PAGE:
New environmental opportunist pathogen is able to invade when host growth and outside-host growth of the pathogen are high enough to compensate lower outside-host competition ability. Also, increase in virulence promotes invasion. Selection could thus favor higher virulence in environmental opportunist diseases as compared to obligatory diseases. Strong outside-host competition on the other hand can drive new environmental opportunist pathogen to extinction. Therefore, situations where ecological constrains, such as competition, are relaxed promote environmental opportunism. Thus multiple outside-host ecological constrains, such as competition, can efficiently limit the emergence of new diseases.
Fluctuating temperature is predicted to select for generalist genotypes that are capable of performing well across a wide range of temperatures. Although theories particularly predict fast fluctuations in selecting for thermal generalists, such experiments are scarce. Our aim was to find out whether fluctuating temperature selects for temperature generalists and test how uniform the temperature induced evolutionary changes are across different bacterial species. We set up a factorial experiment where ten replicate populations of nine different bacterial species were propagated separately either in a constant temperature (30 ºC) or in a rapidly fluctuating temperature (2 h 20 ºC - 2 h 30 ºC - 2 h 40 ºC, mean 30 ºC). After 2.5 months we isolated altogether 720 bacterial clones from experimental populations and measured growth rate and yield (growth efficiency) in three constant temperatures (20, 30 and 40 ºC). Meta-analysis of all of the species over all of the temperatures indicated that clones from the fluctuating temperature treatment had higher overall growth efficiency compared to clones from the constant environment. Moreover, the selection was found to be asymmetric, selecting more profoundly the tolerance of hottest temperatures. Generality of the results across studied species gives a strong support for the theories of evolution of thermal generalism but also indicates that evolutionary consequence of fluctuating temperature is especially strong in hot temperatures where the fitness consequences of increased or decreased heat are much more profound than in cold temperatures.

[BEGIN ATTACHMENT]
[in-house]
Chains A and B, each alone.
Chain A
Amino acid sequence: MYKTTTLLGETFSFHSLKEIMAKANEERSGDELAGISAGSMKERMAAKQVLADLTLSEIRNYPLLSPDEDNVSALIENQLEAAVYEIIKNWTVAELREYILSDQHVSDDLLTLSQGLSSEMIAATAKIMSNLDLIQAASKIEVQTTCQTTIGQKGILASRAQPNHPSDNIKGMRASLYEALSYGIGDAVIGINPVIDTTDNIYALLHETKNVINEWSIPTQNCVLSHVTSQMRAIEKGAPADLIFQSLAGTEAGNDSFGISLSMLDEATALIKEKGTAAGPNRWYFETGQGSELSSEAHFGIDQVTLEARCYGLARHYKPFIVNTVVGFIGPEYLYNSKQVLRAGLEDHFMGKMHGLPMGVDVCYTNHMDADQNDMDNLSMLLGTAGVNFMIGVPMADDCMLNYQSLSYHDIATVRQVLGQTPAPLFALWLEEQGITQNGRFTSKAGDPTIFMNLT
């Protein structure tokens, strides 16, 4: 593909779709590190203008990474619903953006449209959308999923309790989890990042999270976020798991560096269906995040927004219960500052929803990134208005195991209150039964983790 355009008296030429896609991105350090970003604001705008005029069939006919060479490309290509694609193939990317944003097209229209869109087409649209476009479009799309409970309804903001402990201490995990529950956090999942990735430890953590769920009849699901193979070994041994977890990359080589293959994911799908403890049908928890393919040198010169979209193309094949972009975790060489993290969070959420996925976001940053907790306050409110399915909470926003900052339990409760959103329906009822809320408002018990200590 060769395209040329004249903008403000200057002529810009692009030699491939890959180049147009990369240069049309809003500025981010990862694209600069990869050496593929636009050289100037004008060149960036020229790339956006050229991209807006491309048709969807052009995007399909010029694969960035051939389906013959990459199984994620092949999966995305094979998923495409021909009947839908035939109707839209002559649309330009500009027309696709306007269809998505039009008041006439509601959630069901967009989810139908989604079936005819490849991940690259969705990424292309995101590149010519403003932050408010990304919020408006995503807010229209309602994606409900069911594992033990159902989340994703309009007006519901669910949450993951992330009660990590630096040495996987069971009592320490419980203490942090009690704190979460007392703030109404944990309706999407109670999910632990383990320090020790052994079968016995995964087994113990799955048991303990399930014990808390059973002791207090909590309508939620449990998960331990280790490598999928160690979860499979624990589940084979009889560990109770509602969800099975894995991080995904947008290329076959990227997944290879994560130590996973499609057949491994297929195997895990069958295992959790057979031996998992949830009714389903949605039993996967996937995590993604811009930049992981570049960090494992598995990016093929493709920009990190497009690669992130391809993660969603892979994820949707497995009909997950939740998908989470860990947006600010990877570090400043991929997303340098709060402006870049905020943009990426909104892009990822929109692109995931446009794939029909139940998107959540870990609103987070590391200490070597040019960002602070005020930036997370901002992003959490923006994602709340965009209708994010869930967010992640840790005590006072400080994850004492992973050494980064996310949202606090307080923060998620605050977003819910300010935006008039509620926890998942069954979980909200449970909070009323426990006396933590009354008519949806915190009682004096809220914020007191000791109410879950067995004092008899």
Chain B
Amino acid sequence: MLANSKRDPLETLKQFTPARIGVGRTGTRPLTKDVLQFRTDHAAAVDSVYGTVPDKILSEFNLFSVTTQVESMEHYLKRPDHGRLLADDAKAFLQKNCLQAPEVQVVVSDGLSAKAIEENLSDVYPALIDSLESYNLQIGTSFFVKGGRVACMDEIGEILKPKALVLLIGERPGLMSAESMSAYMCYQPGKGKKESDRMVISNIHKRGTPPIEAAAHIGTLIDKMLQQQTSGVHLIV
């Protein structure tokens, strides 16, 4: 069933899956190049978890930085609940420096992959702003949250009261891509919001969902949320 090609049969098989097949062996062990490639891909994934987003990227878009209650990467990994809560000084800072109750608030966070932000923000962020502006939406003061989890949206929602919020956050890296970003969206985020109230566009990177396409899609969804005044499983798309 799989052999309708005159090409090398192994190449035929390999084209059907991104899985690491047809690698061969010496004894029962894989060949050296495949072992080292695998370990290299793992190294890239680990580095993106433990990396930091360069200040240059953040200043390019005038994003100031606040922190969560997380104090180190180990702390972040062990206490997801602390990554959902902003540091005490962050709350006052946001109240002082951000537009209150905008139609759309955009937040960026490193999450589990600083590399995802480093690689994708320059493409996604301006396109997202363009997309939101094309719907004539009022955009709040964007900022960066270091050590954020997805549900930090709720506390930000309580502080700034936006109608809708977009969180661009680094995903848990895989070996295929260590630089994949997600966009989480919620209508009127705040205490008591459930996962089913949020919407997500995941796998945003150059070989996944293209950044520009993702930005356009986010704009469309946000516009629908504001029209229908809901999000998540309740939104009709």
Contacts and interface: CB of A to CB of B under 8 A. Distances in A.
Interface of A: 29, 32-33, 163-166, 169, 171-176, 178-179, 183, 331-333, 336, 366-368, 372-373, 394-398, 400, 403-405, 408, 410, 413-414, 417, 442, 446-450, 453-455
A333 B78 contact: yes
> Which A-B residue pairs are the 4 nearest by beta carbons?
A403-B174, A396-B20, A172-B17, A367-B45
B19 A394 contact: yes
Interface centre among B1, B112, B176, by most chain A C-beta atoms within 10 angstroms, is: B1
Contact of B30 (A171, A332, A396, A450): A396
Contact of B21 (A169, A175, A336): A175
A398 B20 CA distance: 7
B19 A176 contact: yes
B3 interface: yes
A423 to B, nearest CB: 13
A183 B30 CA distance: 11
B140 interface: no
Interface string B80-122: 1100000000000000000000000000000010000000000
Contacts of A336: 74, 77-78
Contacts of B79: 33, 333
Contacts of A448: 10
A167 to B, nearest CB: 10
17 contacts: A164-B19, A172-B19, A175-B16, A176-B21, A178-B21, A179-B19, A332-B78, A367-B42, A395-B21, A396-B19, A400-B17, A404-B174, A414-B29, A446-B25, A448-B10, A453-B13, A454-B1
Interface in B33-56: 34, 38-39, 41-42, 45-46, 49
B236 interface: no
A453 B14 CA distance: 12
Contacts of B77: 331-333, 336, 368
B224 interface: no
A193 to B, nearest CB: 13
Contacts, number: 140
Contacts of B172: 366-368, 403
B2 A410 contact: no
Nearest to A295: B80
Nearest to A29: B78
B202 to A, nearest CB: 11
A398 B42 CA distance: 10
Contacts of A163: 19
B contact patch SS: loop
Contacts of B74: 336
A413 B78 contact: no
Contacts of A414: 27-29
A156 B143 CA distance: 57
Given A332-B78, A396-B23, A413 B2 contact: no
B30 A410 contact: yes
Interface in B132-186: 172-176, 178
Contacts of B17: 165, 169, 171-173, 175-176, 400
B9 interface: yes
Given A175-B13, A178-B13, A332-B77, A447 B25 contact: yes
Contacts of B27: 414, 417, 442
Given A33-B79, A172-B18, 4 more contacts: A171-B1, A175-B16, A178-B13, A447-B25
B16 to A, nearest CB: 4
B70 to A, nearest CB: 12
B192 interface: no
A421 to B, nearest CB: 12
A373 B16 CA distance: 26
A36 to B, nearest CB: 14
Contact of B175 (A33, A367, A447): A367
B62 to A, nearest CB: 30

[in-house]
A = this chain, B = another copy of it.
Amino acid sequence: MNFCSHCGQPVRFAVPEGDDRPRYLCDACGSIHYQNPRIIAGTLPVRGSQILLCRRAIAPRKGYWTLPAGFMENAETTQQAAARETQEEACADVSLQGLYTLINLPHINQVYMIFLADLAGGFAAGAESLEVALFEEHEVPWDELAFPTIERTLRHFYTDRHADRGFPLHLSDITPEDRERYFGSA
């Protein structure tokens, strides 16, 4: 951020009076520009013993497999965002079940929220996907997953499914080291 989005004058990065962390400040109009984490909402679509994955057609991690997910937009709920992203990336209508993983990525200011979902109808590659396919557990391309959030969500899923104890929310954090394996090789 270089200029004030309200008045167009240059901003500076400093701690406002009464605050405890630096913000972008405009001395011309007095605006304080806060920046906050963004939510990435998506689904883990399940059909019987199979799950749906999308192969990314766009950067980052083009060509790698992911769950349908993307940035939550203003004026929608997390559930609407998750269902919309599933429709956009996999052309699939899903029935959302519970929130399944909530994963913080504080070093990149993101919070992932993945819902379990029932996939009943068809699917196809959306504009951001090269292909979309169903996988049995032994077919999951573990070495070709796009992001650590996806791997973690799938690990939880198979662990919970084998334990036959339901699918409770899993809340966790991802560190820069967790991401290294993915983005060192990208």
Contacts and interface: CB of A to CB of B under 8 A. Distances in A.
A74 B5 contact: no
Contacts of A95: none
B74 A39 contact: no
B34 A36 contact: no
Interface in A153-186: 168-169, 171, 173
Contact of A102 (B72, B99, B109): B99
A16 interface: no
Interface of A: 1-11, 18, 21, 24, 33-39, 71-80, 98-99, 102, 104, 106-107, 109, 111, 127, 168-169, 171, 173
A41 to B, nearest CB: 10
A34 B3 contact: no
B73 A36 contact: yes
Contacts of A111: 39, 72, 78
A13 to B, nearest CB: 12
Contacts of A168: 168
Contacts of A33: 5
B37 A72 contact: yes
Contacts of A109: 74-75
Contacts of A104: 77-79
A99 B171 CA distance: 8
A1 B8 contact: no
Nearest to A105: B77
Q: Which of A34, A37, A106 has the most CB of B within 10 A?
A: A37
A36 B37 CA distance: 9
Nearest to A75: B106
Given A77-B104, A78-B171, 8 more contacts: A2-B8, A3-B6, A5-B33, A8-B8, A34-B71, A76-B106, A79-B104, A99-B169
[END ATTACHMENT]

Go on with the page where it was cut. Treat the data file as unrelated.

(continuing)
Climate change scenarios do not only expect elevated temperatures but also increased temperature fluctuations. Environmental fluctuations are suggested to select for low levels of plasticity in fitness that is also hypothesized to increase organisms’ ability to invade novel environments and affect virulence of pathogens. We tested these hypotheses and show that across a range of temperatures, opportunistic bacterial pathogen Serratia marcescens that evolved in fluctuating temperature (daily variation between 24 and 38 °C, mean 31 °C), outperforms strains that evolved in constant temperature (31° C) across all measured temperatures. Their better growth was also evident in novel environments with parasitic viruses and predatory protozoans. However, the strains from fluctuating environment were less virulent to Drosophila melanogaster host. Therefore, whilst supporting the hypothesis that evolution in fluctuating environments is paired with tolerance to several novel environments, our results show that adapting to fluctuating environments can also be costly in terms of reduced virulence. Together these results suggest that thermal fluctuations driven by the climate change could affect not only species thermal tolerance but also species’ invasiveness and virulence.